For musicologist Edith Borroff, the parlor was egalitarian, open, and joyful—all qualities she equates with the best musical spirit.
Giuseppi Verdi's 1853 opera La Traviata was a shocker when it was first performed. Nineteenth-century audiences didn't expect to watch a sex worker die of tuberculosis at the opera.
Since the late 90s, K-Pop has been one of South Korea's most important cultural exports. Fans have a deeply emotional attachment to the music.
Half of all American homes had a piano or player piano a century ago, but very few do now. Whatever happened to the parlor piano?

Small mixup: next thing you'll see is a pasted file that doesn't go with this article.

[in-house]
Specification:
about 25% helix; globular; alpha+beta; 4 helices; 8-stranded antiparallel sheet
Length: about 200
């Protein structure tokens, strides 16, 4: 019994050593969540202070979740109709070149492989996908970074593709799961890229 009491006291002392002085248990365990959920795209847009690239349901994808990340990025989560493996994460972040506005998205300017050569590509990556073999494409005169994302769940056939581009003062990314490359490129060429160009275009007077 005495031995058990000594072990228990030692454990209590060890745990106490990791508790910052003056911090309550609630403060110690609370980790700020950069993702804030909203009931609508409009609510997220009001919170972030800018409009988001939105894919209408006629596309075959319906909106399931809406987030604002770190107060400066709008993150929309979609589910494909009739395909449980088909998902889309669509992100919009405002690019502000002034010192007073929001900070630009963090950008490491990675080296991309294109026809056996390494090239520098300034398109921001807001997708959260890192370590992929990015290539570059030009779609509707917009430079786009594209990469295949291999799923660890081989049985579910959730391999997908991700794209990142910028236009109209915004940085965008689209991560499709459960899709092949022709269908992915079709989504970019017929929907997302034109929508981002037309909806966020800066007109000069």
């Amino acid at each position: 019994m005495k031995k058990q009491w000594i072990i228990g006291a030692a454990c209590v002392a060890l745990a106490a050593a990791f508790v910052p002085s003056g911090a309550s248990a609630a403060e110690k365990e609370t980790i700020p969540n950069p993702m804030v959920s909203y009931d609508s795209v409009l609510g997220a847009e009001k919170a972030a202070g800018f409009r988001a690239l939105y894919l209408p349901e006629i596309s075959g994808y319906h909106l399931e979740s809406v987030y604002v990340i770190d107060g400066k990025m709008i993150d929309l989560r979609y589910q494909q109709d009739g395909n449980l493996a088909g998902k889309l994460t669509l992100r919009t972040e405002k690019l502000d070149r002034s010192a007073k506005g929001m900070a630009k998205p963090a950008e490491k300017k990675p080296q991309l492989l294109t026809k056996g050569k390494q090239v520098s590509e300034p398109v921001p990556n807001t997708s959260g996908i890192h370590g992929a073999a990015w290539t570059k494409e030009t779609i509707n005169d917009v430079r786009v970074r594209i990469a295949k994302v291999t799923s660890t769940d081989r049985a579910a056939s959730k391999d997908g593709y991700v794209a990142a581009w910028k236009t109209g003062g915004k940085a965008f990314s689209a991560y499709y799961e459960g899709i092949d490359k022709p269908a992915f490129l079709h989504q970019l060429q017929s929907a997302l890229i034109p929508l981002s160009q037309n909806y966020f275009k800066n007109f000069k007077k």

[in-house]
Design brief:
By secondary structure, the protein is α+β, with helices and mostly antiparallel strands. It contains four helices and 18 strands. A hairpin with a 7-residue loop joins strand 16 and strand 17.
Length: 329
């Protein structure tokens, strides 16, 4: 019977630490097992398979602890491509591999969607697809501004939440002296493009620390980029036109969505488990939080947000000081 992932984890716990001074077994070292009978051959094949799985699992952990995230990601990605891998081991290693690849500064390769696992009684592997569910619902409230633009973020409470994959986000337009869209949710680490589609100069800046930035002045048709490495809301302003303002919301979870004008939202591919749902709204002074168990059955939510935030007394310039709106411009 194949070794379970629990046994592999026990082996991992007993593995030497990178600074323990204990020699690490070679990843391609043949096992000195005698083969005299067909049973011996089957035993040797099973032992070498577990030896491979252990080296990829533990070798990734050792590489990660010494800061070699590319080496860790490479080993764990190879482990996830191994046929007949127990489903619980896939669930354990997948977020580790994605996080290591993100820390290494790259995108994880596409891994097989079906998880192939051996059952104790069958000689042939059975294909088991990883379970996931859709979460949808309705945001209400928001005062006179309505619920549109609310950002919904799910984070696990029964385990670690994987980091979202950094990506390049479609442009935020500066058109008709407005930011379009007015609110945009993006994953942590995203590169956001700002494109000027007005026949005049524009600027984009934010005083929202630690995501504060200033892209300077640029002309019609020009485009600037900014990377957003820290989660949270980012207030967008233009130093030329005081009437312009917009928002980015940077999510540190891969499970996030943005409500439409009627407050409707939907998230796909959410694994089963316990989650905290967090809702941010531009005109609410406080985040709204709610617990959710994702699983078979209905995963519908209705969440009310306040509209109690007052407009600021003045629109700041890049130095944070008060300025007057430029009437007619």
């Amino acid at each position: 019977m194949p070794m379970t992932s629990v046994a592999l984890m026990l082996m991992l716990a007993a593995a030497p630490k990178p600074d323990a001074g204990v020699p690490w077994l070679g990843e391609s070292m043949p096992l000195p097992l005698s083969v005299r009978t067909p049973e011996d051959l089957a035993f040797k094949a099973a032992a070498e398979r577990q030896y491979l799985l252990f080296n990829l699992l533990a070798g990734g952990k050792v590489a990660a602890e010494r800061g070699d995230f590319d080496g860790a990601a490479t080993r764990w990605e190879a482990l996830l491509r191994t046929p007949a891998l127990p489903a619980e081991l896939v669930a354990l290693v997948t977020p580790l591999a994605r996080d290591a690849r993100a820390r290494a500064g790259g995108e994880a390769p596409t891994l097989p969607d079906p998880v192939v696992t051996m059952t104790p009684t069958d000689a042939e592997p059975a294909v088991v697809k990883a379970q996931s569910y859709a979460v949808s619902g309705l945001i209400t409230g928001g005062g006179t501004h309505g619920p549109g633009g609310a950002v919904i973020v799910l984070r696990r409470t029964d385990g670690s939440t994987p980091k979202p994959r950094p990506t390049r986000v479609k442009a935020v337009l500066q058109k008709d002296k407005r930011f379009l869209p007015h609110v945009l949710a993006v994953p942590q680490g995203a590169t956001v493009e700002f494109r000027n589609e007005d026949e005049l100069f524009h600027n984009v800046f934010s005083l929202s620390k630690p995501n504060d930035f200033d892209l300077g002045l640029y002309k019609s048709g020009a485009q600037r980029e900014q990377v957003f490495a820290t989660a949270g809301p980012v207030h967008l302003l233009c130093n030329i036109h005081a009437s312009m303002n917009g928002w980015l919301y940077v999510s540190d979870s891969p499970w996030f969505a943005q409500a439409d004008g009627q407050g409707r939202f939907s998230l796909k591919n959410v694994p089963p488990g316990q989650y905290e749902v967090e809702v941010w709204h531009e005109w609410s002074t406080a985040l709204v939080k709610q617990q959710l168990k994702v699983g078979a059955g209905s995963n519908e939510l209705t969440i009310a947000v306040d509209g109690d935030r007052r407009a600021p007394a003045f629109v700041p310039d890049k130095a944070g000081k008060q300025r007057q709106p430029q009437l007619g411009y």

With national tragedies now as frequent and predictable as sunrises, no phrase has lost consolatory power more swiftly than “thoughts and prayers.”
Julia Ward Howe wrote her most famous poem, the legendary Civil War song, “Battle Hymn of the Republic,” in a single burst of inspiration 156 years ago.
Crooning, a musical style of the late 1920s and early 1930s, was fraught with gender panic. Where the singers manly enough?
Jane Addams, a leading Victorian-era reformer, believed dance halls were “one of the great pitfalls of the city.”
Twenty years ago, Janet Jackson released her single "Got ‘Til it’s Gone." Today, we celebrate the layered artistry that led to the video's timeless appeal.
Modern pianos are the product of a 600-year evolution—from Hermann Poll's 1397 clavicembalum, to clavichords, harpsichords, and the modern grand piano.